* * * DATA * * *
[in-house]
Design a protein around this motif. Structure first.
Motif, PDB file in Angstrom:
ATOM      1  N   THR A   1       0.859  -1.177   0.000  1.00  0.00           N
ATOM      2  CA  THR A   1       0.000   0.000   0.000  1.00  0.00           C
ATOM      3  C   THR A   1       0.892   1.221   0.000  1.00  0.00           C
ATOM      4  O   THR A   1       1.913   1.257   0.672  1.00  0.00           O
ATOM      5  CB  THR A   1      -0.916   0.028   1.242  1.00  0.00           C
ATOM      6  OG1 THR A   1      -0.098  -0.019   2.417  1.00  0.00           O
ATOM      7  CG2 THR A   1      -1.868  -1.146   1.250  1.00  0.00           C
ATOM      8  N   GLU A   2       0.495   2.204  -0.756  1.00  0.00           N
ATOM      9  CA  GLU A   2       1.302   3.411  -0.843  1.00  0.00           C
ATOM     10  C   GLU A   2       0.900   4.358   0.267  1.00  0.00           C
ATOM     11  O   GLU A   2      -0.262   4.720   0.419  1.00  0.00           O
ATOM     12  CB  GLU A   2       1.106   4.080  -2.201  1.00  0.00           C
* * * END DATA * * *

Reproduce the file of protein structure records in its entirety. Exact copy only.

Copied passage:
[in-house]
Design a protein around this motif. Structure first.
Motif, PDB file in Angstrom:
ATOM      1  N   THR A   1       0.859  -1.177   0.000  1.00  0.00           N
ATOM      2  CA  THR A   1       0.000   0.000   0.000  1.00  0.00           C
ATOM      3  C   THR A   1       0.892   1.221   0.000  1.00  0.00           C
ATOM      4  O   THR A   1       1.913   1.257   0.672  1.00  0.00           O
ATOM      5  CB  THR A   1      -0.916   0.028   1.242  1.00  0.00           C
ATOM      6  OG1 THR A   1      -0.098  -0.019   2.417  1.00  0.00           O
ATOM      7  CG2 THR A   1      -1.868  -1.146   1.250  1.00  0.00           C
ATOM      8  N   GLU A   2       0.495   2.204  -0.756  1.00  0.00           N
ATOM      9  CA  GLU A   2       1.302   3.411  -0.843  1.00  0.00           C
ATOM     10  C   GLU A   2       0.900   4.358   0.267  1.00  0.00           C
ATOM     11  O   GLU A   2      -0.262   4.720   0.419  1.00  0.00           O
ATOM     12  CB  GLU A   2       1.106   4.080  -2.201  1.00  0.00           C